Senegal set for West Africa’s largest PV plant
Senegal has received a US $40 million loan to build the largest solar plant in West Africa.
The Senegalese government has recently had to reassess the way it delivers energy to its people in the face of large-scale power outages, and the country’s sunny climate makes it an obvious candidate for solar energy.
Proparco, a French development agency, provided the loan — which is to be repaid over the course of 18 years.
The project will involve further input and finance from: investment firm Meridiam; Solairedirect, a French construction company that specialises in solar energy and Schneider Electric, which is involved in electricity distribution and energy management.
It is believed that a quarter of a million residents will benefit from the 30MW ‘Senergy’ plant, located 100km northeast of the capital, Dakar.
The plant is expected to be operational by early 2017.
Read the May 2016 issue of Energy Digital magazine
Drax advances biomass strategy with Pinnacle acquisition
The Group’s enlarged supply chain will have access to 4.9 million tonnes of operational capacity from 2022. Of this total, 2.9 million tonnes are available for Drax’s self-supply requirements in 2022, which will rise to 3.4 million tonnes in 2027.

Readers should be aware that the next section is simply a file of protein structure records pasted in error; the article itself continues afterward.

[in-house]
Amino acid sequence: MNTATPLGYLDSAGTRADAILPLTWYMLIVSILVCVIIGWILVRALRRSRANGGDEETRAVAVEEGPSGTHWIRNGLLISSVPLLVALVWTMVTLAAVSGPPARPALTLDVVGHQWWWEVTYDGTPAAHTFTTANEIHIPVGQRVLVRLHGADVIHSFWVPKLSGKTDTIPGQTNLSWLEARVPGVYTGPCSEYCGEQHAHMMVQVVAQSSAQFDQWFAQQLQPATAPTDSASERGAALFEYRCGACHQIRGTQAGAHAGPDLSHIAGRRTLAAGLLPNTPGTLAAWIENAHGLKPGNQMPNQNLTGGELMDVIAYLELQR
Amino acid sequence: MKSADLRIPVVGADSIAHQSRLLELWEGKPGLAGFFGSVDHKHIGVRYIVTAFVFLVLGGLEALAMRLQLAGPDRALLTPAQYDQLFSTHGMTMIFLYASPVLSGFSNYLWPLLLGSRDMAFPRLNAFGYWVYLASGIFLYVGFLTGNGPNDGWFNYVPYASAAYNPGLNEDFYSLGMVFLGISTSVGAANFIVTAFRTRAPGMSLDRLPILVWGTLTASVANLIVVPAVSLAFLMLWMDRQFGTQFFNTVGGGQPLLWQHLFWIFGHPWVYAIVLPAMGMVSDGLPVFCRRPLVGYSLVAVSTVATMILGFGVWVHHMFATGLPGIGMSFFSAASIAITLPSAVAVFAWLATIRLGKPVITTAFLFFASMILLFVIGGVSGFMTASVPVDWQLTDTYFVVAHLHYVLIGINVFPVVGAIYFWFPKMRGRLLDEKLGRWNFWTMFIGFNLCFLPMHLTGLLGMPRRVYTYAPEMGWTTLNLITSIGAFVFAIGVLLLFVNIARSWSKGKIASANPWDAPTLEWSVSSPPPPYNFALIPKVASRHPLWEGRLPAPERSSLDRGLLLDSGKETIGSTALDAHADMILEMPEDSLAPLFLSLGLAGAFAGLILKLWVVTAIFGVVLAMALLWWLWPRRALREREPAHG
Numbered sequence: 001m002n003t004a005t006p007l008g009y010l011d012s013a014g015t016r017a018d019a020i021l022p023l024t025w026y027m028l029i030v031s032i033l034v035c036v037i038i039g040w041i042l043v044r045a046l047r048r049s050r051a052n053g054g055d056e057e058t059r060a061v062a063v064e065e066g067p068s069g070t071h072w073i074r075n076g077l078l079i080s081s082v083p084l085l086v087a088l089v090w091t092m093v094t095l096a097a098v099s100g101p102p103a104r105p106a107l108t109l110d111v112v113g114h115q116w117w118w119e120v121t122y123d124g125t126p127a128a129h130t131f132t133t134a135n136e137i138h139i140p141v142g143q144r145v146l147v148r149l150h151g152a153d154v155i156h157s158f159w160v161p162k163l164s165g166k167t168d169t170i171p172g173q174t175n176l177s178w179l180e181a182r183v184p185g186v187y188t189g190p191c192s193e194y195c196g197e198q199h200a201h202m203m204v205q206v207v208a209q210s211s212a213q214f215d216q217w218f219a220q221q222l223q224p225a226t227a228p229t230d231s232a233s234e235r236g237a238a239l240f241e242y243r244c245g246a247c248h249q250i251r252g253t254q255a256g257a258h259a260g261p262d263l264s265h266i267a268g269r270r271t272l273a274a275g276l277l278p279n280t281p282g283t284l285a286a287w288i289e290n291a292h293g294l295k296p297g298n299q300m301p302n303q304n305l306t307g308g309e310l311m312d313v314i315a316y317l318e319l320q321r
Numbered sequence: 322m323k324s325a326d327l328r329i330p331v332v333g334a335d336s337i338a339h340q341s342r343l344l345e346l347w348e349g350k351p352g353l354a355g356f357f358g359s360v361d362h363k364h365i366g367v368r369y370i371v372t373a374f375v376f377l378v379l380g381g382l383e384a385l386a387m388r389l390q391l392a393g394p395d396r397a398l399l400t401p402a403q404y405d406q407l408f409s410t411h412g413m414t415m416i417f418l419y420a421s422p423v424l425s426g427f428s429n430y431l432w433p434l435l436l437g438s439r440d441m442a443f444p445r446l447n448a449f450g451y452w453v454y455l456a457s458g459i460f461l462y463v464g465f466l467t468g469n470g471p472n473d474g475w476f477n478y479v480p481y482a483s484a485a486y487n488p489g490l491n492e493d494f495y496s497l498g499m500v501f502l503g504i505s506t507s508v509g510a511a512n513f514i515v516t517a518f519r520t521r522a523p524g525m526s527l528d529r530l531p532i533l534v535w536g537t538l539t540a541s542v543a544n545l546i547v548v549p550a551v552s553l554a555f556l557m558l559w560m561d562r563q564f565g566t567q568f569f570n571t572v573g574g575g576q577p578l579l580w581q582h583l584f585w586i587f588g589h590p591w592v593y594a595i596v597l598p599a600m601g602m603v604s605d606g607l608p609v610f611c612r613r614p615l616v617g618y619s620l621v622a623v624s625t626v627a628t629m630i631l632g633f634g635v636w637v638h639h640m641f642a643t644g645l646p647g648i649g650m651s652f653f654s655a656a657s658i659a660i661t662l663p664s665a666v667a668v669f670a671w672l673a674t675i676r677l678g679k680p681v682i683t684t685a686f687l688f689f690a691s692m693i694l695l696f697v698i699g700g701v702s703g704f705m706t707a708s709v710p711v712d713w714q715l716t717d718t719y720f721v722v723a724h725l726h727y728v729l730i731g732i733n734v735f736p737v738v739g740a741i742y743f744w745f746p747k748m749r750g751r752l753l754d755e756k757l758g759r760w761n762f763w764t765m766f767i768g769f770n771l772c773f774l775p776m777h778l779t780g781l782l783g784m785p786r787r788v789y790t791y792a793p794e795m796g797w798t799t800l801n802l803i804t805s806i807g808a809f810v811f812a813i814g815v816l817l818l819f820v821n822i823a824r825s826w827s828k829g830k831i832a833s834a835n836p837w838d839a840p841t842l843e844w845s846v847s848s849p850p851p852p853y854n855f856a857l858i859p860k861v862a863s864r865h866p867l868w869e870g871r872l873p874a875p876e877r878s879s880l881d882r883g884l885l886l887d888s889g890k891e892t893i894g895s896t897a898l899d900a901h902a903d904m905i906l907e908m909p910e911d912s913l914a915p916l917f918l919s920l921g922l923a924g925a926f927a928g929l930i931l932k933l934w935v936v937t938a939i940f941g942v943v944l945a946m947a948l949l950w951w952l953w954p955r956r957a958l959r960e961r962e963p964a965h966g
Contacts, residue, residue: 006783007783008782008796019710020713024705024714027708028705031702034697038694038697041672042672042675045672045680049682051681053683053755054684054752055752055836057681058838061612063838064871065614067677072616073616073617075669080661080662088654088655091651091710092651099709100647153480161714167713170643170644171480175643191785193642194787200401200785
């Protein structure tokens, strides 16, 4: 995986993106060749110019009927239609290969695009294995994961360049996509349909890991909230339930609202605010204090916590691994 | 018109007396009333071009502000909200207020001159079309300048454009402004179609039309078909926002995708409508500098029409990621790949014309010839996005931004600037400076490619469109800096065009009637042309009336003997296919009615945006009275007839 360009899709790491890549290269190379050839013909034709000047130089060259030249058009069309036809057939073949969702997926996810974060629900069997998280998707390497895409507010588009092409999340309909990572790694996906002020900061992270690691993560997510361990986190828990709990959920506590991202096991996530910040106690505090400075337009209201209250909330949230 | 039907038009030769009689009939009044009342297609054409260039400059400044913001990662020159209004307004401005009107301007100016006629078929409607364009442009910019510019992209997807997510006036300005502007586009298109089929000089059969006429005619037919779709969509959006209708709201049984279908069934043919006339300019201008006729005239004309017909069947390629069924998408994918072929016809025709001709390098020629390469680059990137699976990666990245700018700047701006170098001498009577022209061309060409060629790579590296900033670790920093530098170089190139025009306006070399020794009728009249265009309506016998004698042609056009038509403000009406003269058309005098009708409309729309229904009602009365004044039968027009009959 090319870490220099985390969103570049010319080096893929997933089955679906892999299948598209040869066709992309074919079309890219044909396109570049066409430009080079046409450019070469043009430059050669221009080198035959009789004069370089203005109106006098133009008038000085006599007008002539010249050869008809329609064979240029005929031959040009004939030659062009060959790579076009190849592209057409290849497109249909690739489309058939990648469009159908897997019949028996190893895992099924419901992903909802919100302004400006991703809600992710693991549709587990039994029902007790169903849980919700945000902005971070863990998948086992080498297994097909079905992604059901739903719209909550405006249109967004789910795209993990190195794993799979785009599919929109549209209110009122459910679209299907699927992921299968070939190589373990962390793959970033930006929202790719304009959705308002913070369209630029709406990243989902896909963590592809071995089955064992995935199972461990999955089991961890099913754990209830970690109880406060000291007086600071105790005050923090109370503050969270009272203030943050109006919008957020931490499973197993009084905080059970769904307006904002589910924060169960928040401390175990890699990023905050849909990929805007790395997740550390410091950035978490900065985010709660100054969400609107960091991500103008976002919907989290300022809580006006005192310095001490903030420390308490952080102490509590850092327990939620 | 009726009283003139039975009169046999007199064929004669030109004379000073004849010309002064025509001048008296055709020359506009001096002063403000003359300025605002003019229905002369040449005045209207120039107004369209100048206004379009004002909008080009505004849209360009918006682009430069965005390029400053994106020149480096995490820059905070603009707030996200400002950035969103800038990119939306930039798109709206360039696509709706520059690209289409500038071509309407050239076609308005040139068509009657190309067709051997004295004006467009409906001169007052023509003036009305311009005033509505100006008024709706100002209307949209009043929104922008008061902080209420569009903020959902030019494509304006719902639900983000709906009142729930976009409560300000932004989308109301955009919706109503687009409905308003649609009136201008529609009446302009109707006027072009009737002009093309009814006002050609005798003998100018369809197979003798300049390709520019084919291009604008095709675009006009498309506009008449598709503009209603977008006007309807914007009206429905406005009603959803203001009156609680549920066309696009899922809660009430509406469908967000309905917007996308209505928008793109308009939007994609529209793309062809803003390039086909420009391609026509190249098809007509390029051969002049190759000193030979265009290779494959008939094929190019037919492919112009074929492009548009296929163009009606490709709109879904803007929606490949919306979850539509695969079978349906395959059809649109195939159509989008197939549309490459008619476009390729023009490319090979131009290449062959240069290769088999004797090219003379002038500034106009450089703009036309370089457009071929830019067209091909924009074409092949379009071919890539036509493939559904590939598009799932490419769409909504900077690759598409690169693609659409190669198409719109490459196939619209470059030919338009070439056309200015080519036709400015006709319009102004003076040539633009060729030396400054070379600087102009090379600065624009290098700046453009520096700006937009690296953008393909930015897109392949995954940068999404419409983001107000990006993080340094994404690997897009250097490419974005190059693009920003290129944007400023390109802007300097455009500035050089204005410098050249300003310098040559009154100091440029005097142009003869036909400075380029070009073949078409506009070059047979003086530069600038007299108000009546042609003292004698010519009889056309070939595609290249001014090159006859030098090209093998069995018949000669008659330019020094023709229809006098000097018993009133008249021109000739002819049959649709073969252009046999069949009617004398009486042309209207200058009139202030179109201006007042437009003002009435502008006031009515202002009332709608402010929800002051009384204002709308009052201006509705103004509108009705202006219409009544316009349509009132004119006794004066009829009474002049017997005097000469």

The £424 million acquisition of the Canadian biomass pellet producer supports Drax' ambition to be carbon negative by 2030, using bioenergy with carbon capture and storage (BECCS) and will make a "significant contribution" in the UK cutting emissions by 78% by 2035 (click here).
This summer Drax will undertake maintenance on its CfD(2) biomass unit, including a high-pressure turbine upgrade to reduce maintenance costs and improve thermal efficiency, contributing to lower generation costs for Drax Power Station.
In March, Drax secured Capacity Market agreements for its hydro and pumped storage assets worth around £10 million for delivery October 2024-September 2025.
The limitations on BECCS are not technology but supply, with every gigatonne of CO2 stored per year requiring approximately 30-40 million hectares of BECCS feedstock, according to the Global CCS Institute. Nonetheless, BECCS should be seen as an essential complement to the required, wide-scale deployment of CCS to meet climate change targets, it concludes.